Jim Palmer More Than Ever an Ex-Ballplayer


As a child in New York, Beverly Hills and Scottsdale, Ariz., Jim Palmer saw his future clearly. He was going to be a baseball pitcher and, if he kept his fastball down and away, a famous one.

In 19 seasons with the Baltimore Orioles, Palmer achieved all he had seen and then some. He won 268 games, and, in the minds of many, emerged as the best pitcher on his team, in his league and maybe of his era. That was reflected when, by a 92.5% landslide, baseball writers voted Palmer into the Baseball Hall of Fame.

Palmer’s election, he says, is the greatest honor of his career.


Five years after his last fastball, Palmer is more than ever an ex-ballplayer. Now, he is involved in broadcasting, endorsements, commercials and motivational speeches, and with his employers WMAR-TV of Baltimore, ESPN, Jockey International and others.

He has carved out a six-figure income from these jobs. And, despite his departure from ABC Sports, for whom he worked 11 years before the network lost broadcast rights to baseball, he still seems highly capitalized.

Losing the ABC job cost Palmer an estimated $350,000, which he earned by appearing on about 10 regular-season telecasts and a few postseason games. Next season, he will earn less than that between two broadcast positions--analyst on ESPN’s Friday night baseball telecasts (a deal expected to be completed soon) and play-by-play announcer of Orioles games for the Baltimore television station.

Of course, Palmer does not pose in bikini underwear for nothing. His ties to Jockey International, a Kenosha, Wis.-based clothing maker, go back 15 years and seem as strong as ever, though his next birthday will be his 45th. For the photographs printed in magazines and plastered on billboards and for about 25 appearances at department stores on Jockey’s behalf, Palmer is said to pull down more than $100,000 yearly.

Palmer’s transition to civilian life has been relatively painless. When baseball stops, players lose credit cards, homes and families.

Good fortune--and good looks--also helped Palmer become America’s most visible underwear spokesman.

In 1975, Jockey International invited eight pro athletes to New York to pose in styles ranging from your grandfather’s boxer shorts to the skimpiest bikini.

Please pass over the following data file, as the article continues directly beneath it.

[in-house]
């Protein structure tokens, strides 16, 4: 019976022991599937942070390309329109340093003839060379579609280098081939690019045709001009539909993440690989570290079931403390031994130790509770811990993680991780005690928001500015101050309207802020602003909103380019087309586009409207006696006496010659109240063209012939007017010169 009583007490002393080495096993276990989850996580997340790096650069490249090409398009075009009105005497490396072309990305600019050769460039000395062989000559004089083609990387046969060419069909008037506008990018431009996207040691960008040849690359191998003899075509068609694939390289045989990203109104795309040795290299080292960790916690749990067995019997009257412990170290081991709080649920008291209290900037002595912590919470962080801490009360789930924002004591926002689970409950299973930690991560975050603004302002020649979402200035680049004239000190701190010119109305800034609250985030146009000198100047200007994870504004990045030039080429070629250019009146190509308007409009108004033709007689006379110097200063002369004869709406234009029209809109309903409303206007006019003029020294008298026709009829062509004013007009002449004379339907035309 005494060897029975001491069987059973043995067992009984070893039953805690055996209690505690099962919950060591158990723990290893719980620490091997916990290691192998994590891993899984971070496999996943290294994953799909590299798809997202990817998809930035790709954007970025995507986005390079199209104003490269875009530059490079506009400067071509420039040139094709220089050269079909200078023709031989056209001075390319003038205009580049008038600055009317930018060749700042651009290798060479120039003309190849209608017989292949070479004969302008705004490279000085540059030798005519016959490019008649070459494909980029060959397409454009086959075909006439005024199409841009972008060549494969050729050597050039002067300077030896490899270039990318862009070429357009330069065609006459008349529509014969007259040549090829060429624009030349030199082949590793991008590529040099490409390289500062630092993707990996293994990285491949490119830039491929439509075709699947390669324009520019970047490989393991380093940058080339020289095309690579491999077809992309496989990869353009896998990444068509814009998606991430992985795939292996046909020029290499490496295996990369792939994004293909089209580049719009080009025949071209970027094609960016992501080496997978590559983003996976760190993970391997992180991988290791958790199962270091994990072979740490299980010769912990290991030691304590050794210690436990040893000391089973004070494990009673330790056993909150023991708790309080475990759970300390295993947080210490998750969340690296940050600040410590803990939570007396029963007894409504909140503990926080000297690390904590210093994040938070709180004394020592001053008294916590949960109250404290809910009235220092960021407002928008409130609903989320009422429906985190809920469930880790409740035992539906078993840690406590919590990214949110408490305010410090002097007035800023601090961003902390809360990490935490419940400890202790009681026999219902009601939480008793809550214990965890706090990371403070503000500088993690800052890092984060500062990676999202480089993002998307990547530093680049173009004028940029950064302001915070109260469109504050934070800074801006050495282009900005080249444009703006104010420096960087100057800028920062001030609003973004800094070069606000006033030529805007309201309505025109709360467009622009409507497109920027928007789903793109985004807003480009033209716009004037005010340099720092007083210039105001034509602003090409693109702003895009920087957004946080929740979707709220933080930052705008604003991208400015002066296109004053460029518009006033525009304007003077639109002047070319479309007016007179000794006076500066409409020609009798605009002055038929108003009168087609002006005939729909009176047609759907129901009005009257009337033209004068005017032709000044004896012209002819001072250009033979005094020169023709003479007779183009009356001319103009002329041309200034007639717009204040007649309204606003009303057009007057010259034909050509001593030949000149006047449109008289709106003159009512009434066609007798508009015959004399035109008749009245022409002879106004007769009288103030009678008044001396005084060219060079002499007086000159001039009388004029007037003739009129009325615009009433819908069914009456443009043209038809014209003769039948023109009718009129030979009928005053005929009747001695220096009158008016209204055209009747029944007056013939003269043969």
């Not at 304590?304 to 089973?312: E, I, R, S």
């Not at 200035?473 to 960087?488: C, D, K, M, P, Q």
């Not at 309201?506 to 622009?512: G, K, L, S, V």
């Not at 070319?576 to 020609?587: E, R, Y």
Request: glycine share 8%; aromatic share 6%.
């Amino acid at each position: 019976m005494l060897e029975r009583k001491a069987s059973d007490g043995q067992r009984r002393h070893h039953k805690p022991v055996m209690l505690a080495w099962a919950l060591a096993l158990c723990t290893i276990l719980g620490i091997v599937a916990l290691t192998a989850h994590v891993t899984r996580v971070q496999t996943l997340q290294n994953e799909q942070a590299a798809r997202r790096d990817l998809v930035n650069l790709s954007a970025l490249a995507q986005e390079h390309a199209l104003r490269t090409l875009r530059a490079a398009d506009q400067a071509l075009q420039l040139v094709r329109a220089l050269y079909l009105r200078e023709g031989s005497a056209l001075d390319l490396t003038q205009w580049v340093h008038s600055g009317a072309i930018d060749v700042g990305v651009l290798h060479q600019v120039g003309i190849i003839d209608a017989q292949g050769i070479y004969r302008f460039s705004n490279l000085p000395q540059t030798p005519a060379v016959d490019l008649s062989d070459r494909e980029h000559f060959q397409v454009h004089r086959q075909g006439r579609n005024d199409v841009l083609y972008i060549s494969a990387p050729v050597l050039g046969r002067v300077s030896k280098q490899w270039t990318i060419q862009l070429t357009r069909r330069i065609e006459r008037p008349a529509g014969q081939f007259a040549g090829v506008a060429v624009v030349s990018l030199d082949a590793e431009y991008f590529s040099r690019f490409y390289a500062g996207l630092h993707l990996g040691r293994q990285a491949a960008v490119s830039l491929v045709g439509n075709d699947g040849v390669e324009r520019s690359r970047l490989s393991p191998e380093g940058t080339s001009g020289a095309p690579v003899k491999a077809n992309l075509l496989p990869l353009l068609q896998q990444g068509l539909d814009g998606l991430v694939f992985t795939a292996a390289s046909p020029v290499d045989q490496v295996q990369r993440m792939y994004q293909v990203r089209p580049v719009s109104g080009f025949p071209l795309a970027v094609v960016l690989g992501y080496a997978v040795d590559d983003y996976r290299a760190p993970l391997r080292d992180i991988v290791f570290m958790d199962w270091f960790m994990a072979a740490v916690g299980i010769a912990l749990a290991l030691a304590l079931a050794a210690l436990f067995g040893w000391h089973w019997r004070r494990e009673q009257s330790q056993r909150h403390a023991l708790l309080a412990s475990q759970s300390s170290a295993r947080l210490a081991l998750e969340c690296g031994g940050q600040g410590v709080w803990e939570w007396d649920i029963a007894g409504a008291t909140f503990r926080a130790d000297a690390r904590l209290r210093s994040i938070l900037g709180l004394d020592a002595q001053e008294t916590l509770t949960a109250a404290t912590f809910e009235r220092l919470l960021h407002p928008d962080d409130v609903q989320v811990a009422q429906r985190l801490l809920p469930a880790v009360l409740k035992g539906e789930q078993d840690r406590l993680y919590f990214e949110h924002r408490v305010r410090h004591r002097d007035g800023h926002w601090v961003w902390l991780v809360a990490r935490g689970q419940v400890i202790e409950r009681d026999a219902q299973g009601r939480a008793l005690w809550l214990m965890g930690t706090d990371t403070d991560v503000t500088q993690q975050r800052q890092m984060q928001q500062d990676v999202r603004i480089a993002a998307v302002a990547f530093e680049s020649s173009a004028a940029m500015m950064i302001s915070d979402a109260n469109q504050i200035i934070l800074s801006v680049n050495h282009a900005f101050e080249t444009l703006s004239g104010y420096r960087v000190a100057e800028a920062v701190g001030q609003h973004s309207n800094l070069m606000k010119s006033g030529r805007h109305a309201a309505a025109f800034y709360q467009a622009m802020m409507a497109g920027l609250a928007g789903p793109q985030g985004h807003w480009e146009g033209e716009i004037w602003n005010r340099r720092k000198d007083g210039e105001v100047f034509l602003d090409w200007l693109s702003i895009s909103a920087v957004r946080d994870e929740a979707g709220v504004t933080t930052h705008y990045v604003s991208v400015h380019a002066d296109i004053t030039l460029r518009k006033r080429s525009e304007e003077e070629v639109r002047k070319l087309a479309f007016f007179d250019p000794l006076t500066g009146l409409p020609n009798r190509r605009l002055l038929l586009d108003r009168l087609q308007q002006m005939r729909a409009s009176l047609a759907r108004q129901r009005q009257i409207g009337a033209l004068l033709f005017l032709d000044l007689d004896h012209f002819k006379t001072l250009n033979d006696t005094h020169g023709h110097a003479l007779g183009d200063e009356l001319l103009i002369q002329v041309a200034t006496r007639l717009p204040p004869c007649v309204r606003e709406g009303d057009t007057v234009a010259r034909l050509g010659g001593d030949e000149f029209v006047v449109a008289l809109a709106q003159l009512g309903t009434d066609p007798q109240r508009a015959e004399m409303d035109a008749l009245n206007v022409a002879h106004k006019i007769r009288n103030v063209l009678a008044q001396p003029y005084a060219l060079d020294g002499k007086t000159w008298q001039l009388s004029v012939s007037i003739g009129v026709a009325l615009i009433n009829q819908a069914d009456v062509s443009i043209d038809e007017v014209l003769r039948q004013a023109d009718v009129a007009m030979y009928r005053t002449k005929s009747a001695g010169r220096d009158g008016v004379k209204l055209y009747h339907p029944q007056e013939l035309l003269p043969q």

William Herrmann, vice president of advertising and sales promotion for Jockey, was the official who made the decision to photograph Palmer in the briefest briefs.

Herrmann recalled that he made the judgment after meeting with Carlton and Palmer and finding them different personalities “by about 180 degrees.”

“I remember talking to Jim right after Carlton, who’d said absolutely nothing,” Herrmann said. “Jim, on the other hand, was very interested and asked a lot of questions.”

Herrman recalls handing him the most provocative underwear.

“If he felt he didn’t want to do it, he didn’t let on,” the Jockey executive said. “I think he took the garment, smiled and said, ‘OK.’ ”

Palmer didn’t get rich that first year--he reportedly earned $3,500 in modeling fees, $1,000 for a sales meeting and $400 for plugging the firm on “The Mike Douglas Show.”

Palmer’s association with Jockey has been a boon for the company, whose sales of “fashion” underwear--the colorful type that reveals almost everything--has skyrocketed. In 1963, such styles accounted for only 0.1% of Jockey’s business. Today, it is well above 50%, an executive said.

Recently, Palmer has spoken of trying his hand at another job--managing a big-league team. It is an old ambition, but friends and family say he has spoken about it often enough for them to wonder whether this time he is serious.